A= This is an encouragement to me today as I consider the Christian's past, present, and future.  Like all believers, I was once "far from God, and dead in sins", as the hymnwriter has put it.  But now, because of God's great love, rich mercy, and amazing grace, my citizenship is in heaven.  I am a stranger and pilgrim in this world, just passing through.  In the ages to come I will, along with all other believers, spend eternity praising Him and will be part of His "exhibition", showing how through time He has delighted in showing great grace to great sinners.

P= "Lord, how thankful I am for all for all that You have done in my life!  I'm so thankful that You drew me to You with Your lovingkindness.  If not for Your amazing mercy and grace, I would still be dead in trespasses and sins.  Instead, I am part of Your redeemed family, a citizen of heaven even as I sojourn as a "stranger and pilgrim", an exile really, on this earth.  And so much to look forward to -- praising You for eternity!  

"Yet I must honestly admit that some days have been incredibly sad and difficult.  I have thought today how I would never have dreamed how my life would turn out.  It has had more heartache, more sadness, more time out of comfort zones, than I ever imagined.  Yet I must praise You that it has also been far more glorious and spiritually blessed, far more spiritually prosperous, than I would ever have imagined.  I praise You for all that You have brought me through, for all that You will continue to do, and for the glorious future that awaits, in Jesus' name, Amen."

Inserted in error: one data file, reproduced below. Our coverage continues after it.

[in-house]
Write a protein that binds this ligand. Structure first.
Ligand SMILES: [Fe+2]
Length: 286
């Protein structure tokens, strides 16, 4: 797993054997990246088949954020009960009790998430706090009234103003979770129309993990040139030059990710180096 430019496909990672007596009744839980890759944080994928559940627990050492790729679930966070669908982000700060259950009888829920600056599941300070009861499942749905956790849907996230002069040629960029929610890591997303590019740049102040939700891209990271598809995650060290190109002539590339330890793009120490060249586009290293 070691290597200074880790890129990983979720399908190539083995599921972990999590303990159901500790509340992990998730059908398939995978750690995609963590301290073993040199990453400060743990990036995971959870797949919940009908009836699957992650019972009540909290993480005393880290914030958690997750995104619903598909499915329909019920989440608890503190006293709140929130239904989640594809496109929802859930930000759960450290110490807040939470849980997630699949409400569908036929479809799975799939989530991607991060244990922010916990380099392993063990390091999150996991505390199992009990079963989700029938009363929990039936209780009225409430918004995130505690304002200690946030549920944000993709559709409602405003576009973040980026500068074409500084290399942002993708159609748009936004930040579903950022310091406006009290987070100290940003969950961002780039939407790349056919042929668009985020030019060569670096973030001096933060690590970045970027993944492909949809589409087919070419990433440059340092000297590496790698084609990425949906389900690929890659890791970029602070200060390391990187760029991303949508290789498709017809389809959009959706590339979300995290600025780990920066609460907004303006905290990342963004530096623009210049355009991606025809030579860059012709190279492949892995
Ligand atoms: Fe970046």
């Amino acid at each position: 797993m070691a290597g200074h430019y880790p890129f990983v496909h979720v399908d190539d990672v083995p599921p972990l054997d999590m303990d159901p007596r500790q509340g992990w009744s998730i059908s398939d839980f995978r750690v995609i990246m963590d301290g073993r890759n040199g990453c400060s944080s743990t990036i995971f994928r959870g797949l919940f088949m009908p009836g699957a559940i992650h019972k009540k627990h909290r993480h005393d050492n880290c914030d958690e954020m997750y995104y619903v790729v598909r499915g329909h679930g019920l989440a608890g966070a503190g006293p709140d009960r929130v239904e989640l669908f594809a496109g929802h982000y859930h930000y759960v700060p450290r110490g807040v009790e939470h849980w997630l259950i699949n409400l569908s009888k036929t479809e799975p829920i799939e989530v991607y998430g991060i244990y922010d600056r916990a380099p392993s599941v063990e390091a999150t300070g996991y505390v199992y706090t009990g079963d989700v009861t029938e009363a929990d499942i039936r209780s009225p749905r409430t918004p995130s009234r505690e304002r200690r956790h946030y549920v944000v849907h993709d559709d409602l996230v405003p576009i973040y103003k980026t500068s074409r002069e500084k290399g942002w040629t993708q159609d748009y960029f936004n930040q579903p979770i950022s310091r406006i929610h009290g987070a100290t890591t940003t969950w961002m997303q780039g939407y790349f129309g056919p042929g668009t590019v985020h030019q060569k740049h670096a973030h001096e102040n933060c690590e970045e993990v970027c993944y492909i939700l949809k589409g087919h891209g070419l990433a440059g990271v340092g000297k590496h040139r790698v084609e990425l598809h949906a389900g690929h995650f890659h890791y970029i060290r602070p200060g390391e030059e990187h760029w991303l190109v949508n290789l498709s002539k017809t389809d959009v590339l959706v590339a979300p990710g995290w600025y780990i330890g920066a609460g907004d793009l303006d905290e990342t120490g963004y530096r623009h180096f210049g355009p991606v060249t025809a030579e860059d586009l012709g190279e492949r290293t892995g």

And there's the first installment in my study of "Made for Community."  I hope it's a blessing to someone today!


  1. I'm so glad I came back and read this post. I really love these explanations for these verses. The older I get the more I feel like a sojourner just passing through this world. I am realizing more and more each day, the closer I get to heaven...this world is not my home, and I am so looking forward to heaven and eternity with Jesus and all the saints gone on before us. What a glorious time we will have forever and ever. Nothing we have experienced here can ever begin to compare with the joy and glory we have to look forward to there. Thank you for sharing these thoughts. My heart is turning more and more heavenward every day. But we still have work to do here until the Lord returns or calls us home, whichever comes first. These blogs are an instrument of His plan to share His love and grace with our world. Thank you for being faithful to do so.

  2. I'm glad that the post was a blessing to you, Pam! Yes, aren't those explanations great? I always enjoy reading Dr. Ironside's take on things. And yes, I think it's not only that we are growing older, but our culture has been becoming increasingly more godless over time. We "can't feel at home in this world anymore" as the old chorus reminds us.